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From Wikipedia, the free encyclopedia
LocationConnective tissue
FunctionExtracellular matrix and collagen creation
Anatomical terms of microanatomy

A fibroblast is a type of biological cell typically with a spindle shape[1] that synthesizes the extracellular matrix and collagen,[2] produces the structural framework (stroma) for animal tissues, and plays a critical role in wound healing.[3] Fibroblasts are the most common cells of connective tissue in animals.


Microfilaments (blue and red), mitochondria (yellow), and nuclei (green) in fibroblast cells

Fibroblasts have a branched cytoplasm surrounding an elliptical, speckled nucleus having two or more nucleoli. Active fibroblasts can be recognized by their abundant rough endoplasmic reticulum (RER). Inactive fibroblasts, called 'fibrocytes', are smaller, spindle-shaped, and have less RER. Although disjointed and scattered when covering large spaces, fibroblasts often locally align in parallel clusters when crowded together.

Unlike the epithelial cells lining the body structures, fibroblasts do not form flat monolayers and are not restricted by a polarizing attachment to a basal lamina on one side, although they may contribute to basal lamina components in some situations (e.g. subepithelial myofibroblasts in intestine may secrete the α-2 chain-carrying component of the laminin, which is absent only in regions of follicle-associated epithelia which lack the myofibroblast lining). Fibroblasts can also migrate slowly over substratum as individual cells, again in contrast to epithelial cells. While epithelial cells form the lining of body structures, fibroblasts and related connective tissues sculpt the "bulk" of an organism.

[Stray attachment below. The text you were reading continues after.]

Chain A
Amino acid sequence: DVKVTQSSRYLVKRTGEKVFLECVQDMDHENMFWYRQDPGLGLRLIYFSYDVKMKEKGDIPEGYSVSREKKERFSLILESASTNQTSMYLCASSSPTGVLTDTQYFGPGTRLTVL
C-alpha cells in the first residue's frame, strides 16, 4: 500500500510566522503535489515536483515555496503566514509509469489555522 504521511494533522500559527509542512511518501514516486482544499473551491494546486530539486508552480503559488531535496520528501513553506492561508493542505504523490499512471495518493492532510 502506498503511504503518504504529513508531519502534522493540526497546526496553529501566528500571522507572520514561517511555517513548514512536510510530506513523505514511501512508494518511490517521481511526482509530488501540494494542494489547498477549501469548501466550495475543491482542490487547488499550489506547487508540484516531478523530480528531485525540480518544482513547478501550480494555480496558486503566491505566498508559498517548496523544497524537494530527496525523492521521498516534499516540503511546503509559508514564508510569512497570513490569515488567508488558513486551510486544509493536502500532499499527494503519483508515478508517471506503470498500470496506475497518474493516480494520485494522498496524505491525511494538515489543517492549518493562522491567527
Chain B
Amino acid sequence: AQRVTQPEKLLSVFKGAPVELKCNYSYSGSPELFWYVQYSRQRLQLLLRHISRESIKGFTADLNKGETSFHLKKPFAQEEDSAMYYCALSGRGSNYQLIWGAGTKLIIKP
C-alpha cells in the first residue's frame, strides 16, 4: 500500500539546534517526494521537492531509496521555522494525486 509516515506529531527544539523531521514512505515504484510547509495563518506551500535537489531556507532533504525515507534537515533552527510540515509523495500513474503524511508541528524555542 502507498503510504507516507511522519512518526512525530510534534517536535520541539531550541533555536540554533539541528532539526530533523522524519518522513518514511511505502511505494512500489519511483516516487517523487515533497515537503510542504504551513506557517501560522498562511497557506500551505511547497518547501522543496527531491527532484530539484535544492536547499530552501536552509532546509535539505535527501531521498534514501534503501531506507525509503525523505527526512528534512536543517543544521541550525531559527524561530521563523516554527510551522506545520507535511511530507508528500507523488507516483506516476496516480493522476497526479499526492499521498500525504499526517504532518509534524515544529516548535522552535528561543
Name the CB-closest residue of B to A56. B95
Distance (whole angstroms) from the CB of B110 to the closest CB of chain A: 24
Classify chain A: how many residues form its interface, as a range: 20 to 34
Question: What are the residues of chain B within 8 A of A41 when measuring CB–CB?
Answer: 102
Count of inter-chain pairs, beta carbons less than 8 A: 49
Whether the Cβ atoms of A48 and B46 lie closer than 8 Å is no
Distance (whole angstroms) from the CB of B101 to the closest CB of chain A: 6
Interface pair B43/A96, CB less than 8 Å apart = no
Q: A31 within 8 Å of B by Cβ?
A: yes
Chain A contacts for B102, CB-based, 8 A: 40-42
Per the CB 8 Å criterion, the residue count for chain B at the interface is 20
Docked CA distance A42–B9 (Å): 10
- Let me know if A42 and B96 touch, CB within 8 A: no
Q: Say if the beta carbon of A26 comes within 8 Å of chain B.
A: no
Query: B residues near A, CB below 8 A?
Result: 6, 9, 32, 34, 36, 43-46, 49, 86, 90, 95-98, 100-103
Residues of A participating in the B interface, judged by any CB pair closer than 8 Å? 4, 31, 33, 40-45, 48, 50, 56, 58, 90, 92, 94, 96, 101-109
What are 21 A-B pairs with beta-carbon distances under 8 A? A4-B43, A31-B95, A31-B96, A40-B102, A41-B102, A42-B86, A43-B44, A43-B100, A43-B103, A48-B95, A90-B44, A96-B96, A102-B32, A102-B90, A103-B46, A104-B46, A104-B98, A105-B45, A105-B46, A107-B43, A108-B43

The life span of a fibroblast, as measured in chick embryos, is 57 ± 3 days.[4]

Relationship with fibrocytes[edit]

Fibroblasts and fibrocytes are two states of the same cells, the former being the activated state, the latter the less active state, concerned with maintenance and tissue metabolism. Currently, there is a tendency to call both forms fibroblasts. The suffix "-blast" is used in cellular biology to denote a stem cell or a cell in an activated state of metabolism.